Cloudee forecast from Boxee
June 5, 2012
By Colin Mann
Web TV service Boxee is taking its first steps into the cloud, launching the Cloudee cloud offering aimed at allowing Boxee users to store and share personal videos with family and close friends.
“We believe the cloud is going to play a major role in the future of TV and today we are taking the first step towards a Boxee cloud offering,” said Avner Ronen, Boxee’s CEO and founder, writing in a blog post. “So say hello to Cloudee. We are starting with an invite-only, beta iPhone app for Cloudee that lets you share personal videos with family and close friends.”
Ronen suggested it had previously been painful to get personal videos to the TV screen – Road Trips, Boxee Meetups, family videos with our kids, concerts and the occasional weirdness on NYC streets. “Some of these videos were on our phones, others on our laptop or network storage, and the ones we really wanted to see were always taken by our friends. Yes, we could copy videos into a thumb drive, upload to YouTube and set it to private, set-up a cloud storage account and give permissions to friends … but it was all too much work, so videos just sat there… never being watched, never being shared,” he suggested.
Boxee’s new iPhone app lets users upload videos to Cloudee, organise them into collections and share them with their family and close friends. “During the beta period the service is free, but we will later release a paid version with unlimited video storage in the cloud, which you will be able to access from your Boxee Box and any browser,” said Ronen.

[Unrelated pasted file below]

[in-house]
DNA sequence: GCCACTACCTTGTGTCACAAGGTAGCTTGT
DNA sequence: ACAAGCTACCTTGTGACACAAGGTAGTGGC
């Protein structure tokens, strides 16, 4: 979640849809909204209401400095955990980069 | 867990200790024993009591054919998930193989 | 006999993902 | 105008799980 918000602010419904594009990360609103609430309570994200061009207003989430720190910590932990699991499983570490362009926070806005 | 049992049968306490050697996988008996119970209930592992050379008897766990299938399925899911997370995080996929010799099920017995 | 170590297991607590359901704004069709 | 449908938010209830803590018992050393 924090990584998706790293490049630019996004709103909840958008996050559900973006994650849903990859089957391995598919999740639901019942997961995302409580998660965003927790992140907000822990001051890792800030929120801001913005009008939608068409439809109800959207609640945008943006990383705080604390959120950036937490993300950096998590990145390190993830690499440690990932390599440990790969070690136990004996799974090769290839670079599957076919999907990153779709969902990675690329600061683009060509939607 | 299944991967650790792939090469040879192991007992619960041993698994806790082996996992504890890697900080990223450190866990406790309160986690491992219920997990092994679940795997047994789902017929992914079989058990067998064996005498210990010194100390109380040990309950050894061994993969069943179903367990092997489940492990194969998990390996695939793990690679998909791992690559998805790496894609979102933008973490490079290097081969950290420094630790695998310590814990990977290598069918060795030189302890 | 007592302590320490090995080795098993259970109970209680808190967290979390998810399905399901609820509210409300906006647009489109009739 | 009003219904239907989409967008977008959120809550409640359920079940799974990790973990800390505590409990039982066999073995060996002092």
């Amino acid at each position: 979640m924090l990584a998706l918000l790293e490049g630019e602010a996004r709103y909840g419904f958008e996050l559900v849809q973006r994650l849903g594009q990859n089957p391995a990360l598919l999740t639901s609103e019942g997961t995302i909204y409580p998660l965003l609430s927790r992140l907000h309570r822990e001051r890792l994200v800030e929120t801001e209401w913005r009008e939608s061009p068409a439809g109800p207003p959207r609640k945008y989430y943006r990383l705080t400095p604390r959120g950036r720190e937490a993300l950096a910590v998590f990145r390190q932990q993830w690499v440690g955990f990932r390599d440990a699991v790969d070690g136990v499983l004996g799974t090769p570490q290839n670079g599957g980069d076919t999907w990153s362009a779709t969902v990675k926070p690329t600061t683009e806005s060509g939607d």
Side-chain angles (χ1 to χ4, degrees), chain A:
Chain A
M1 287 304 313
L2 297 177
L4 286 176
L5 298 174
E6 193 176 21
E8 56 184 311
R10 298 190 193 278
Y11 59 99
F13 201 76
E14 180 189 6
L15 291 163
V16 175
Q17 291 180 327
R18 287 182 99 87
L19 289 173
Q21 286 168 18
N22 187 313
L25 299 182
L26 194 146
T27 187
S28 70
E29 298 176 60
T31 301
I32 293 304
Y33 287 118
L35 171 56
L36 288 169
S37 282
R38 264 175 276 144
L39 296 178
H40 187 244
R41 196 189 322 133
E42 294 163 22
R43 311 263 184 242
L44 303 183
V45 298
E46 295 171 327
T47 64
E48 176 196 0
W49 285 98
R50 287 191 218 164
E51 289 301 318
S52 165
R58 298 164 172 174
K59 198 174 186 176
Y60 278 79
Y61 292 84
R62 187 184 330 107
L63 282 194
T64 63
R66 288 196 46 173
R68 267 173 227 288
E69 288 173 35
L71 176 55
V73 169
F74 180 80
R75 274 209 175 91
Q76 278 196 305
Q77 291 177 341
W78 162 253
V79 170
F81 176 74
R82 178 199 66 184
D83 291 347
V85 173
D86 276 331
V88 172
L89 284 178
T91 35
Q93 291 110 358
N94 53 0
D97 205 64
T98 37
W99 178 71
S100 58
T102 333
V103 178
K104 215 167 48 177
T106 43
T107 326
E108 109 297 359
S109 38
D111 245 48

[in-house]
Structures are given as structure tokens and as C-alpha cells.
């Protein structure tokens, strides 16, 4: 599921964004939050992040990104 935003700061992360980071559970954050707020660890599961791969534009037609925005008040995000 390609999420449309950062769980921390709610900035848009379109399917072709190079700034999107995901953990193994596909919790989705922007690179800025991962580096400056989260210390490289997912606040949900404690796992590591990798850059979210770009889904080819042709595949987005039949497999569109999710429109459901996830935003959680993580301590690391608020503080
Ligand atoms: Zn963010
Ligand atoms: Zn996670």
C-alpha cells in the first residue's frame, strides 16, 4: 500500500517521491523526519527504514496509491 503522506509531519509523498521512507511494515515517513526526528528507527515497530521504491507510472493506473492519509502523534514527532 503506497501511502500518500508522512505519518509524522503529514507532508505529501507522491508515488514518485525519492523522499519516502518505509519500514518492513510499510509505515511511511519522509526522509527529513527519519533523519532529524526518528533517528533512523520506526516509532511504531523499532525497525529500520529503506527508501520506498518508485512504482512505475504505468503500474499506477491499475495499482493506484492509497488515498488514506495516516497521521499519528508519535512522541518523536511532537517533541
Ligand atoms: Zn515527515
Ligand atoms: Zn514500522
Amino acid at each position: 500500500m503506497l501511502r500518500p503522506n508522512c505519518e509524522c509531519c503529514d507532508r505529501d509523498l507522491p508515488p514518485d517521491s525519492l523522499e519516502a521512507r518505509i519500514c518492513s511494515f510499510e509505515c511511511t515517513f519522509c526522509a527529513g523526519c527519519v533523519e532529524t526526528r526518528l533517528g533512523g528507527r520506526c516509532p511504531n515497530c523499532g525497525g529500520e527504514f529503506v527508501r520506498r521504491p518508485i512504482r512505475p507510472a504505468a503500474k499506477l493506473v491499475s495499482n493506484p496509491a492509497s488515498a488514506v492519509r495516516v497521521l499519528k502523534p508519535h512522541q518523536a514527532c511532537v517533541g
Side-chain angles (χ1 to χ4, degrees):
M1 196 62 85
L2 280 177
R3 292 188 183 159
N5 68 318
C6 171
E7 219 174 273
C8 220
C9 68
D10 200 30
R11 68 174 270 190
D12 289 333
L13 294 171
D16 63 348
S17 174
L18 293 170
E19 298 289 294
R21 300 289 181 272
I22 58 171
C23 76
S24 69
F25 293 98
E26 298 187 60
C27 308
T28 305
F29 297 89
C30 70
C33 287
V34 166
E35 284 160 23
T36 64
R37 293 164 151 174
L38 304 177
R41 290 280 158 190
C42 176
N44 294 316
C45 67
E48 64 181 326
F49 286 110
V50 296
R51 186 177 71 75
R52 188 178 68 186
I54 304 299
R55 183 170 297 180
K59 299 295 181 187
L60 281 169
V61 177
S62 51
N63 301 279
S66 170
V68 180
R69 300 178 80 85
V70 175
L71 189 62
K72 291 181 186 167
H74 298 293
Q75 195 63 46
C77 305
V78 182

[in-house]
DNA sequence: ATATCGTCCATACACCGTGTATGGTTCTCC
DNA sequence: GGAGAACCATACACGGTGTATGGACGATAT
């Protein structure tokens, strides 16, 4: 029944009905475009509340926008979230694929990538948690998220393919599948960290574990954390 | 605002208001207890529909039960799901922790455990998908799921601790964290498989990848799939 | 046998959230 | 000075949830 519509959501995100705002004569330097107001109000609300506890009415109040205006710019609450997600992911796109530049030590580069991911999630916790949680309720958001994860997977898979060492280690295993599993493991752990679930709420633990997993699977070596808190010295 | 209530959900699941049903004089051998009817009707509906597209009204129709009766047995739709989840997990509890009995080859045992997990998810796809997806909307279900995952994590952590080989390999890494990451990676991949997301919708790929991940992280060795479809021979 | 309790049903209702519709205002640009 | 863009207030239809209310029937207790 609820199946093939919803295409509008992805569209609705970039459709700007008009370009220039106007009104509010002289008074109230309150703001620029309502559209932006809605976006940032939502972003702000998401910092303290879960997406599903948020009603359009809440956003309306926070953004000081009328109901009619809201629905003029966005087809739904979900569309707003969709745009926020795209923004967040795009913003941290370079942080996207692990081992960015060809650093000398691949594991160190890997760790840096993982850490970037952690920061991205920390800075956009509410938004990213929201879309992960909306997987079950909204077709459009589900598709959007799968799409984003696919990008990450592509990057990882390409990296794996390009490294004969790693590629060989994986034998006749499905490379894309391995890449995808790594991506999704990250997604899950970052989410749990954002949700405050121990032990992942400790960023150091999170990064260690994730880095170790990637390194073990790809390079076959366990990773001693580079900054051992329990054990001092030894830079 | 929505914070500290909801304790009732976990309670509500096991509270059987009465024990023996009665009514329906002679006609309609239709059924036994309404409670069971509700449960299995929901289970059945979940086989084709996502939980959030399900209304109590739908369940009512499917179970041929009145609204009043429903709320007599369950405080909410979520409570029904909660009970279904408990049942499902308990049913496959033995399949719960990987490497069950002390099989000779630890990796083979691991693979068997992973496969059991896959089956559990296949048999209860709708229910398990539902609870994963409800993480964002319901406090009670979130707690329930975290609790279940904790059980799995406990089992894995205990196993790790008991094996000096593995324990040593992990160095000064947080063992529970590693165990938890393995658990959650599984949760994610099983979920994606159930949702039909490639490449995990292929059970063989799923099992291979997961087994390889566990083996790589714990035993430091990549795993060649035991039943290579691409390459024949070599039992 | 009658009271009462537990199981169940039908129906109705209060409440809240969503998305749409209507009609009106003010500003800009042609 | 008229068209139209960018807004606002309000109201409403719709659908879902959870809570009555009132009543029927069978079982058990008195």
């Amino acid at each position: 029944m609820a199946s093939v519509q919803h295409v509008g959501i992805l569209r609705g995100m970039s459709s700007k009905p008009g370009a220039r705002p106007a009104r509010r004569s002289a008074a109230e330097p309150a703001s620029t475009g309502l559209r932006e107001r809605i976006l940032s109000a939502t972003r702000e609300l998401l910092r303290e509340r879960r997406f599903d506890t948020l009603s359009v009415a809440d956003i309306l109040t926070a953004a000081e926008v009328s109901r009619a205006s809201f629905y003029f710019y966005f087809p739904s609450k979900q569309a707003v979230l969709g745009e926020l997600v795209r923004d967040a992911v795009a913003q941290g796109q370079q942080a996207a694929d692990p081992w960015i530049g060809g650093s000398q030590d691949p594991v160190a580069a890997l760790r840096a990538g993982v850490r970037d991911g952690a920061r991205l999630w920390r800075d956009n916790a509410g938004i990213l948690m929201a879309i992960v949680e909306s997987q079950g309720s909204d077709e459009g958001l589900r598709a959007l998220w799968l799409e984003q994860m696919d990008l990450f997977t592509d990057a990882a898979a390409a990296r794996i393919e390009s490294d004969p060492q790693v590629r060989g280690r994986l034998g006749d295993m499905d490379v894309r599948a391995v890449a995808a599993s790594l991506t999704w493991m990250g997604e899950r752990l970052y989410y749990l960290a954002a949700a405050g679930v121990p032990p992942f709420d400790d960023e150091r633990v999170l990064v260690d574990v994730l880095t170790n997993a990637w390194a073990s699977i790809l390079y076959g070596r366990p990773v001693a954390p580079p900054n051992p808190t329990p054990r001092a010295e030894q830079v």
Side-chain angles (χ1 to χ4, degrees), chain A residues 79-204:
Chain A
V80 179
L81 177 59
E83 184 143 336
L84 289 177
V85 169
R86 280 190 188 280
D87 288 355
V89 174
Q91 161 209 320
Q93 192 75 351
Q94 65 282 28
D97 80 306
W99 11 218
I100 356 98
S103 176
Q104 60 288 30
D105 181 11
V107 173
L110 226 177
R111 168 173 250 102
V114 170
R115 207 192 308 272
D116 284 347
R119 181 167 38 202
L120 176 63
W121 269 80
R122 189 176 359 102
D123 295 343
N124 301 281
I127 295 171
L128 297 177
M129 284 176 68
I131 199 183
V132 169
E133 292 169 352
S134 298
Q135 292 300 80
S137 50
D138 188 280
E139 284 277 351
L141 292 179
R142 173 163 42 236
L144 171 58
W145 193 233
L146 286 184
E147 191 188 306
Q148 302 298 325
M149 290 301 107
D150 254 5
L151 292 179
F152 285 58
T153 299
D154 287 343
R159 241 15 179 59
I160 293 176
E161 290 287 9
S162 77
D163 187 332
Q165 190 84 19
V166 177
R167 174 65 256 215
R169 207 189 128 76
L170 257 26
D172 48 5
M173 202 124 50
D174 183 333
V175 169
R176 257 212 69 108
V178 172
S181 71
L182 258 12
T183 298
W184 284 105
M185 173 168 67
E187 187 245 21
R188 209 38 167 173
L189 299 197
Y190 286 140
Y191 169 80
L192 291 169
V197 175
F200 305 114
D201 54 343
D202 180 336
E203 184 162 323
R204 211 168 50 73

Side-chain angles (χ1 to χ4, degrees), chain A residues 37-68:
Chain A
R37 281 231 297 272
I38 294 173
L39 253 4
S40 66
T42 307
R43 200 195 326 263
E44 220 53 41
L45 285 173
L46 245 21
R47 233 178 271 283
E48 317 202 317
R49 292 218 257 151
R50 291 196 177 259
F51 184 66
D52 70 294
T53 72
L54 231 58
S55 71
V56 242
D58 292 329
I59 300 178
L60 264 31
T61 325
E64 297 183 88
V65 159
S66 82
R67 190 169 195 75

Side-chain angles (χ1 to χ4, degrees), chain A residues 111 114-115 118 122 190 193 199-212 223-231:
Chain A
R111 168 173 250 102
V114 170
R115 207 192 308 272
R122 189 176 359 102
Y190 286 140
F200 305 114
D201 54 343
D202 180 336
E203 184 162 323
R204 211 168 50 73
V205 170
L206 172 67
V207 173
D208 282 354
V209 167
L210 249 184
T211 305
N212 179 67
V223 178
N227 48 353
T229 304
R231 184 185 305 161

“If you’re like us, as you go through your videos to share them you’ll experience a serendipitous feeling of re-discovery – bringing forgotten memories back to life. We found concerts long passed, videos of our kids that they had filmed without us knowing, videos of loved ones no longer with us. It became a very powerful connection to our past, and to each other. We think it can do the same thing for millions of other people,” he said.
He described the cloud as “the natural place for personal videos”. “We are now capturing videos on connected devices, which makes it easy to upload them directly to the cloud, watch them from anywhere and share them with whomever we like. It doesn’t make sense to continue storing these videos on a hard drive that isn’t universally accessible and runs the risk of crashing or being lost,” he noted.
“This is only the first step into the cloud for Boxee. We believe more of our video watching will shift towards on demand and secondary screens, which will mean more video coming from the cloud. Cloudee will become an integral part of the Boxee offering and we are very excited about its future,” he admitted.
During the beta trial, Cloudee requires a Facebook account and an invite.